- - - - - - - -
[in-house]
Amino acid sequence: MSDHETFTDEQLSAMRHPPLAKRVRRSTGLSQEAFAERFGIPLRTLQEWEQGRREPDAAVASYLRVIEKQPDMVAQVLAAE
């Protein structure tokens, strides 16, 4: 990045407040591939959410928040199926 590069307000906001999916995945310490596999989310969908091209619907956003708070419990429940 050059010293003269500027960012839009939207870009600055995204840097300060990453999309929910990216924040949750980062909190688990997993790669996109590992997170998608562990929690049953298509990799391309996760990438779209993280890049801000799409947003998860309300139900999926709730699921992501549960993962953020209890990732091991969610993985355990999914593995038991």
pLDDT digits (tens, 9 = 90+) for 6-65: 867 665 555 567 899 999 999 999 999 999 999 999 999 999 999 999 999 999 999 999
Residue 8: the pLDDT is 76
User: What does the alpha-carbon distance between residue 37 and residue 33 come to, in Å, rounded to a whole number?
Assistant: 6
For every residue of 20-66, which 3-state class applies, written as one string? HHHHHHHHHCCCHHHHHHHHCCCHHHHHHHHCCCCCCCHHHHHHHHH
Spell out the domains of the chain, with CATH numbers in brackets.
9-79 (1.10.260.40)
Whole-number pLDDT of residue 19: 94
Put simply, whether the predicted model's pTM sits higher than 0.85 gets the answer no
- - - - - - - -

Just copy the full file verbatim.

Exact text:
[in-house]
Amino acid sequence: MSDHETFTDEQLSAMRHPPLAKRVRRSTGLSQEAFAERFGIPLRTLQEWEQGRREPDAAVASYLRVIEKQPDMVAQVLAAE
């Protein structure tokens, strides 16, 4: 990045407040591939959410928040199926 590069307000906001999916995945310490596999989310969908091209619907956003708070419990429940 050059010293003269500027960012839009939207870009600055995204840097300060990453999309929910990216924040949750980062909190688990997993790669996109590992997170998608562990929690049953298509990799391309996760990438779209993280890049801000799409947003998860309300139900999926709730699921992501549960993962953020209890990732091991969610993985355990999914593995038991």
pLDDT digits (tens, 9 = 90+) for 6-65: 867 665 555 567 899 999 999 999 999 999 999 999 999 999 999 999 999 999 999 999
Residue 8: the pLDDT is 76
User: What does the alpha-carbon distance between residue 37 and residue 33 come to, in Å, rounded to a whole number?
Assistant: 6
For every residue of 20-66, which 3-state class applies, written as one string? HHHHHHHHHCCCHHHHHHHHCCCHHHHHHHHCCCCCCCHHHHHHHHH
Spell out the domains of the chain, with CATH numbers in brackets.
9-79 (1.10.260.40)
Whole-number pLDDT of residue 19: 94
Put simply, whether the predicted model's pTM sits higher than 0.85 gets the answer no